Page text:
A planned cesarean is scheduled, but it is by no means an “easy” birth. There are a lot of emotions surrounding cesareans, and having a doula there to help you plan the “best” cesarean possible can be a real gift.

Your doula may or may not be permitted into the actual surgery (depending on your partner’s presence and hospital policy), but she will be there just before, encouraging you and answering any questions that you or your partner may have while they prep you. She will make sure you understand all of your options – and that the options that are important to you are brought up to the birth team. She will also be waiting for when you come out with your baby, and she will assist you in getting comfortable, breastfeeding, and (again) answering the plethora of questions you may suddenly have!

I have had a belly birth myself, so I understand the uncertainty that can accompany an expected cesarean birth. It may be necessary, but it is also slightly terrifying! As a doula, I work hard to help you feel at peace, so you can have the best birth possible.

Do I need a doula if I've taken a childbirth class?

A childbirth class is very important for helping you to build confidence and knowledge. Having a doula in addition to that is almost a safety net in this regard. If you forget something you learned, she  remembers! She will help you to recall the various tools that you went over in class, so you can choose what you’d like to use.

Of course, this is only informational support that we’re talking about here. A doula provides so much more than that – you’ll never know how much you’ll value the emotional and physical support that you’ll receive until you’re in labor with your doula! She also helps your partner remember all of the tips you learned in class, so he can enjoy the birth experience without worrying about what he might be forgetting to do.

My husband is afraid that having a doula will keep him from being part of this experience. Is this true?

Absolutely not! A doula could never replace your husband and father of your child – he has an unwavering love for you & his child, and he has a history with you that no doula could ever match.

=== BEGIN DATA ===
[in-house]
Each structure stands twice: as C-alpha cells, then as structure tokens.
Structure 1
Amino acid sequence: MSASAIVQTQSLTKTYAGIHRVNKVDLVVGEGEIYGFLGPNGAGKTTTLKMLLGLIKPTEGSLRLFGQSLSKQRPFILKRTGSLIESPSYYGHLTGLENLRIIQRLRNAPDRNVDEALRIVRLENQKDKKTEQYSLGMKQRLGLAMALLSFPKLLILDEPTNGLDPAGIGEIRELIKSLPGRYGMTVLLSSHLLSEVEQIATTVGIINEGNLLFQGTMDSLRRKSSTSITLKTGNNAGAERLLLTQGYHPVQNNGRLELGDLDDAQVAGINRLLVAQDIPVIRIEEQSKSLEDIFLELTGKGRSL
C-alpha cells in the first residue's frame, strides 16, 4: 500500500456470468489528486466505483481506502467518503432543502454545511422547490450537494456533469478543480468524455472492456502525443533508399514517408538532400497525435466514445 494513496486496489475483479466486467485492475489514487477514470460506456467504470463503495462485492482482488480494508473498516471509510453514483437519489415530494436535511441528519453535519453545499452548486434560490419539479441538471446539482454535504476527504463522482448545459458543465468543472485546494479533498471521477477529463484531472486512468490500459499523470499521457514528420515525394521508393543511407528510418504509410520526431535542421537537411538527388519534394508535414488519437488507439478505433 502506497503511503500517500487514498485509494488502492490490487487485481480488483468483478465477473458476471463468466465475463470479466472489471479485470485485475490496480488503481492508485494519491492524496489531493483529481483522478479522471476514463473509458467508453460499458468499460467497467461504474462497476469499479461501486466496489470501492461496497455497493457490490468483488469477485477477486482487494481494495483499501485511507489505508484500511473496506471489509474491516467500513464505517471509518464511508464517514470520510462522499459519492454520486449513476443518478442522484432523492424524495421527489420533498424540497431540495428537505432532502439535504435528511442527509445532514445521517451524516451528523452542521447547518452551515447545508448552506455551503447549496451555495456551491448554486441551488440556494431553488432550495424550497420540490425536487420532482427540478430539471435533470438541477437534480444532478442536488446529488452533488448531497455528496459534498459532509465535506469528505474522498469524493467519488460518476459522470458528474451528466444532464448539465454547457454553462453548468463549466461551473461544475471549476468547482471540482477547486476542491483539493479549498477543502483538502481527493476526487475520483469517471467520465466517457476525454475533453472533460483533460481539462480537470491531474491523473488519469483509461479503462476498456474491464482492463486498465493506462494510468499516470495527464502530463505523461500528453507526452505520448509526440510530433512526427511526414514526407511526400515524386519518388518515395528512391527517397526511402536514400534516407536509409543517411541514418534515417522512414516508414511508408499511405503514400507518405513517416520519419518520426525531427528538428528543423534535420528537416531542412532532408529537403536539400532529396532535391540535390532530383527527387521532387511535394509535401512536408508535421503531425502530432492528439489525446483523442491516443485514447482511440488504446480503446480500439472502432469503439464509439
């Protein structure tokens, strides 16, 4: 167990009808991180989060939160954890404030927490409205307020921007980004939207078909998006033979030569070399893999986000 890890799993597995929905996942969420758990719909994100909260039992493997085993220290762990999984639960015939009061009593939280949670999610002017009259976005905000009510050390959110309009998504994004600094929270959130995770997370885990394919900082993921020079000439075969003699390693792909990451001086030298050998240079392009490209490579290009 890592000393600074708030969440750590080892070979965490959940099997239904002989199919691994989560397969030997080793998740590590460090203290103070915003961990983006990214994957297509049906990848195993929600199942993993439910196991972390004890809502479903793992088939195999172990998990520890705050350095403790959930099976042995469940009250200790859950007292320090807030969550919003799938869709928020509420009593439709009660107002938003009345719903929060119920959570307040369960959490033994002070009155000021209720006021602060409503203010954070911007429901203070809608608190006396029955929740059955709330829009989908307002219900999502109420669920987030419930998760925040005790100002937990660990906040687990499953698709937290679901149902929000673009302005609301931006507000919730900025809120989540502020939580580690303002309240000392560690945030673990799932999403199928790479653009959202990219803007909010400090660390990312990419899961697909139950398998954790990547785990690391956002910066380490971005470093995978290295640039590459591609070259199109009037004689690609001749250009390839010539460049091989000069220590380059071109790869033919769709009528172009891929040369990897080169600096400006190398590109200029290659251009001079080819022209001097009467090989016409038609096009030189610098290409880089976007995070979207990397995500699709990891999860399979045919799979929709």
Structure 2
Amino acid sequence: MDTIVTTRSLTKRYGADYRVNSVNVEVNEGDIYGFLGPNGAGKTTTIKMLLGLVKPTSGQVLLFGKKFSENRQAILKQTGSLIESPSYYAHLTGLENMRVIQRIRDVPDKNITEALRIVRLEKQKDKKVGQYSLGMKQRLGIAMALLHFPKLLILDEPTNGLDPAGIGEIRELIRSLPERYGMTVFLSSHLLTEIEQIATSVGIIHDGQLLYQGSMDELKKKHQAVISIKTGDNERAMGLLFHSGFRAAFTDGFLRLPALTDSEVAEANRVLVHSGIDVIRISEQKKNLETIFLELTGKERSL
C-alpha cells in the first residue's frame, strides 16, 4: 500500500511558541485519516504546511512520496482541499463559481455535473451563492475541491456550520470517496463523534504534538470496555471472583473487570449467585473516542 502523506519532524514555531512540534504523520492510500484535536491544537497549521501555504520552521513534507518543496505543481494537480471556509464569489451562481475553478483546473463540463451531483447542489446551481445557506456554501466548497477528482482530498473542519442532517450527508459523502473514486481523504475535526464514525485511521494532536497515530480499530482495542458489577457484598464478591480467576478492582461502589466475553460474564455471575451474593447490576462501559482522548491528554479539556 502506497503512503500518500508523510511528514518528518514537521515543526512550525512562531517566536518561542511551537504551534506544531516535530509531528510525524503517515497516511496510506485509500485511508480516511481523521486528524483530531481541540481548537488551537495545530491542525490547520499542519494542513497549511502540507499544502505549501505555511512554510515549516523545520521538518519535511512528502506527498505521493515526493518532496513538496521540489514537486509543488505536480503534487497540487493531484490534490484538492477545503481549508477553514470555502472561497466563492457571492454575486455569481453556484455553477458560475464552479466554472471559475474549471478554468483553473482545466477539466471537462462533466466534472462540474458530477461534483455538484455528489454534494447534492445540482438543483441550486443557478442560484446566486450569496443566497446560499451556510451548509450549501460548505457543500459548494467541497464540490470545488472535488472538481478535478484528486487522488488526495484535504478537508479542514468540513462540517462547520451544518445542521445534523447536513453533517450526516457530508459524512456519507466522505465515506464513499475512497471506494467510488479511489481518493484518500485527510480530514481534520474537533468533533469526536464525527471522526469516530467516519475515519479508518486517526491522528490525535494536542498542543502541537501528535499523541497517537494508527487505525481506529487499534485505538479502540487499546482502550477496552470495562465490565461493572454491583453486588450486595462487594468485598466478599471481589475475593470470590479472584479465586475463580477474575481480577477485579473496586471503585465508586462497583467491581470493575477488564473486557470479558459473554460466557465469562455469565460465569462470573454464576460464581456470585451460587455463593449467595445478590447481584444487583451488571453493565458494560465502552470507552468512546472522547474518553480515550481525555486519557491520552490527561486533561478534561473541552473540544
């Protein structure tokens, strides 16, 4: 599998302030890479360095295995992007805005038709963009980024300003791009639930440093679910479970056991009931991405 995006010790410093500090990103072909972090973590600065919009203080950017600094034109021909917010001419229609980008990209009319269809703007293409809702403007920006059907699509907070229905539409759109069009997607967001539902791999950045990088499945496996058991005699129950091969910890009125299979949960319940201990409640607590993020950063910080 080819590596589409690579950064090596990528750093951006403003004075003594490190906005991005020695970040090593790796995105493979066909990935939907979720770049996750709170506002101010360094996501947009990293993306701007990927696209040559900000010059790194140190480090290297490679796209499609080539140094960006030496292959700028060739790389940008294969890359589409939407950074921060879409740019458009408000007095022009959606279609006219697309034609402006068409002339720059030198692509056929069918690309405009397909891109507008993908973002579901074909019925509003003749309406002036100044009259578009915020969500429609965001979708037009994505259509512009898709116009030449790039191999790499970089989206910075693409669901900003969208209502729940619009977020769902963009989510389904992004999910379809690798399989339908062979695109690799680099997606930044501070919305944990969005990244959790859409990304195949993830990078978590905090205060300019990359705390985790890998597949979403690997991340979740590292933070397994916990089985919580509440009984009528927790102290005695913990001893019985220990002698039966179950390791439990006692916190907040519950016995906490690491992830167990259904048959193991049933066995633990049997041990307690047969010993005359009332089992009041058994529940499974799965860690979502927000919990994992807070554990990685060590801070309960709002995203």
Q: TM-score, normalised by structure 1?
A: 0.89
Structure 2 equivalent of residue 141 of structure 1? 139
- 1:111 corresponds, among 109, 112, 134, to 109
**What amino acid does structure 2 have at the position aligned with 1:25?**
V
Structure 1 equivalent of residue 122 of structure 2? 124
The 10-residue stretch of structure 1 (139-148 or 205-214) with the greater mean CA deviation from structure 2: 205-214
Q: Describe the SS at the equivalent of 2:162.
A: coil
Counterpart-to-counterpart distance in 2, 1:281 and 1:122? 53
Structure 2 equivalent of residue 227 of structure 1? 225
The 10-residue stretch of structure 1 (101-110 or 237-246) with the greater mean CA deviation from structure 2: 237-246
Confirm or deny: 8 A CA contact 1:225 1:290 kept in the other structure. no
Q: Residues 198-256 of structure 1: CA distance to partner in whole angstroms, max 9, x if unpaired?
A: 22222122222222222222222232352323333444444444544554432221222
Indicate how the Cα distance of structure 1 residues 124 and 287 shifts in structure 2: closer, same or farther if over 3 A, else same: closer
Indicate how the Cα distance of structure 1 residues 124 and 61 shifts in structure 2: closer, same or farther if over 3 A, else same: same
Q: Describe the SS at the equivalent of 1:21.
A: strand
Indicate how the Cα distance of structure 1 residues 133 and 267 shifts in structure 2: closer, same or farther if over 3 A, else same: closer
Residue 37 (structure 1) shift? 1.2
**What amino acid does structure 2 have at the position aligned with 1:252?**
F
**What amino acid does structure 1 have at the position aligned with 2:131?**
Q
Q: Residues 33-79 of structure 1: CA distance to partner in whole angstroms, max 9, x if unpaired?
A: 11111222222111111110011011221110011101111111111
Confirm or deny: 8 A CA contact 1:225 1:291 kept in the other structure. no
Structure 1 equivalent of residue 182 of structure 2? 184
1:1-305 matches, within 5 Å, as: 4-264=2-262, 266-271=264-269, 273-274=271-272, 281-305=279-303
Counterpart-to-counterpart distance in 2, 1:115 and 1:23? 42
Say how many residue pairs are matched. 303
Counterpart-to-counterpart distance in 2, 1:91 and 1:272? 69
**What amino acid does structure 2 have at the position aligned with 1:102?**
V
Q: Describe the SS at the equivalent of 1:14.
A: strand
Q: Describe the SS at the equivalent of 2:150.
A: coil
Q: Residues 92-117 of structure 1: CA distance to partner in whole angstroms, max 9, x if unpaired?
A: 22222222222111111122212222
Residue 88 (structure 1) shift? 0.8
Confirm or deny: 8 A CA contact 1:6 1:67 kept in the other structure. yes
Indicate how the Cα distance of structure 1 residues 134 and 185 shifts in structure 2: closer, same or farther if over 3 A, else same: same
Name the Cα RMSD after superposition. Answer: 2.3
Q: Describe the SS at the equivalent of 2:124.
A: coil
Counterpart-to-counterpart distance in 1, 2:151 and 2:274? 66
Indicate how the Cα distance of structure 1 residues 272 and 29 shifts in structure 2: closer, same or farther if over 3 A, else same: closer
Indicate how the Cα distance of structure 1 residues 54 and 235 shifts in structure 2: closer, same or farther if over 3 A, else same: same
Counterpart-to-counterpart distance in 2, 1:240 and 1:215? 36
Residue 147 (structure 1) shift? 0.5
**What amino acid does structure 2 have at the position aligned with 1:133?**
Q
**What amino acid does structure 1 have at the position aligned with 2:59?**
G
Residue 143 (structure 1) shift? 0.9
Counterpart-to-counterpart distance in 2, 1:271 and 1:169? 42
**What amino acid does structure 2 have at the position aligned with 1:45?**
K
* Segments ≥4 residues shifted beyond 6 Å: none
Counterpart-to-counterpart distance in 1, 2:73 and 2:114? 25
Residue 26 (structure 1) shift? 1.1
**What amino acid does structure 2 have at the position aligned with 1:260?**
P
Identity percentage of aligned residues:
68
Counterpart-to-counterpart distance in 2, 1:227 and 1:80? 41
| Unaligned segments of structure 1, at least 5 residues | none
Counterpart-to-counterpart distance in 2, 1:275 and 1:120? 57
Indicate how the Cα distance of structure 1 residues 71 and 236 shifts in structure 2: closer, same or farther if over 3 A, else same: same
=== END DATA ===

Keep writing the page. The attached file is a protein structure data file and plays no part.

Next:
A doula is there to support the mother AND the father! She will only play as large a role as your family needs – sometimes that means being very hands-on, and sometimes she will simply give direction if and when its needed. She will give dad a break when he needs it and reassurance when he sees his wife in the throes of labor. A doula wants to help your husband be a part of this experience – never replace him!

To read the position paper by DONA about Dads & Doulas, click here.

Is my healthcare provider (midwife, obstetrician) okay with doulas?

I have not had any negative experiences with the healthcare providers of my clients in the past. However, if you are concerned, I always recommend talking to them about it. ACOG has stated that all women should have a doula, so it’s important to note that a care provider who does not support doulas may also not support evidence-based care.

When should I hire a doula?

I recommend hiring a doula once you’ve entered your second trimester to ensure that you are able to find the perfect doula for you (since spots typically become more scarce as you get closer to your estimated due date)! However, I am happy to become your doula at any point during your pregnancy, as long as I have a spot available.

When should I call you during labor?

You should call me as soon as you suspect that you’re in labor, although you may not be ready for me to join you. This gives me time to get ready and line up childcare, so when you want me to join you, I am able to get there as quickly as possible. I would always prefer a “false alarm” to an “I needed you 10 minutes ago” call!

When/where will you join me?

I will join you as soon as you are ready for me to come. Typically, I come to your home and help you labor there for as long as you’d like, although I’m also happy to meet you at your birthing location. Once I’ve joined you, I will remain with you until your baby is born!

Do we need to pay the entire fee up front?

When you sign the contract for my services, a non-refundable retainer fee is due immediately, as well as a check post-dated with your 38 week mark for the remainder of the fee. However, the post-dated check will not be deposited until your baby is born. (If a check cannot be provided, then the remainder of the fee is due in full at 38 weeks.)

I am happy to work with expecting parents who need a payment plan, so if you have any special circumstances, please just ask!

Will my insurance pay for doula services?

Some insurance plans have paid for doula services in the past, but there’s no guarantee. I do have a doula provider number and am happy to provide an invoice for you to file requesting reimbursement, as well as write a letter if requested.

Frequently, insurance companies will reimburse you if you have a flex spending account, so it’s at least tax-free! You can also ask your care provider to write you a prescription for a doula, and that may help with reimbursement.